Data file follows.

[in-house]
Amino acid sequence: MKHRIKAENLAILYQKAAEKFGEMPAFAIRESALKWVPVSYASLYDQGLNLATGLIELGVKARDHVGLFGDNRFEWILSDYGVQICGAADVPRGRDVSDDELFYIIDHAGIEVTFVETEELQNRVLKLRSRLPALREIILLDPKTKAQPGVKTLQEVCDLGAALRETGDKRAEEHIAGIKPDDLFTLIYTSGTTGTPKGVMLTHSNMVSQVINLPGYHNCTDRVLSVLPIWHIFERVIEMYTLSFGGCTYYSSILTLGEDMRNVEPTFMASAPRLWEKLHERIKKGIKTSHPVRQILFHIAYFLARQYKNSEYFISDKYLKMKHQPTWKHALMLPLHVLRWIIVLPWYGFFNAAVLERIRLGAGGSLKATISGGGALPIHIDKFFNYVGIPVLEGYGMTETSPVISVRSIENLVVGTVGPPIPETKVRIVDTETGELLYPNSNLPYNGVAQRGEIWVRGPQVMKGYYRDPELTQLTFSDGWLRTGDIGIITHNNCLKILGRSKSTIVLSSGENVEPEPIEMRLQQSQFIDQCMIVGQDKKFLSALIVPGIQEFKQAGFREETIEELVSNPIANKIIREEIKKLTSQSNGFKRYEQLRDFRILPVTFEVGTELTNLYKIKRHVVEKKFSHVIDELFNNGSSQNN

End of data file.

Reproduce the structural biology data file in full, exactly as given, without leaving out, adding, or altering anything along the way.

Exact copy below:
[in-house]
Amino acid sequence: MKHRIKAENLAILYQKAAEKFGEMPAFAIRESALKWVPVSYASLYDQGLNLATGLIELGVKARDHVGLFGDNRFEWILSDYGVQICGAADVPRGRDVSDDELFYIIDHAGIEVTFVETEELQNRVLKLRSRLPALREIILLDPKTKAQPGVKTLQEVCDLGAALRETGDKRAEEHIAGIKPDDLFTLIYTSGTTGTPKGVMLTHSNMVSQVINLPGYHNCTDRVLSVLPIWHIFERVIEMYTLSFGGCTYYSSILTLGEDMRNVEPTFMASAPRLWEKLHERIKKGIKTSHPVRQILFHIAYFLARQYKNSEYFISDKYLKMKHQPTWKHALMLPLHVLRWIIVLPWYGFFNAAVLERIRLGAGGSLKATISGGGALPIHIDKFFNYVGIPVLEGYGMTETSPVISVRSIENLVVGTVGPPIPETKVRIVDTETGELLYPNSNLPYNGVAQRGEIWVRGPQVMKGYYRDPELTQLTFSDGWLRTGDIGIITHNNCLKILGRSKSTIVLSSGENVEPEPIEMRLQQSQFIDQCMIVGQDKKFLSALIVPGIQEFKQAGFREETIEELVSNPIANKIIREEIKKLTSQSNGFKRYEQLRDFRILPVTFEVGTELTNLYKIKRHVVEKKFSHVIDELFNNGSSQNN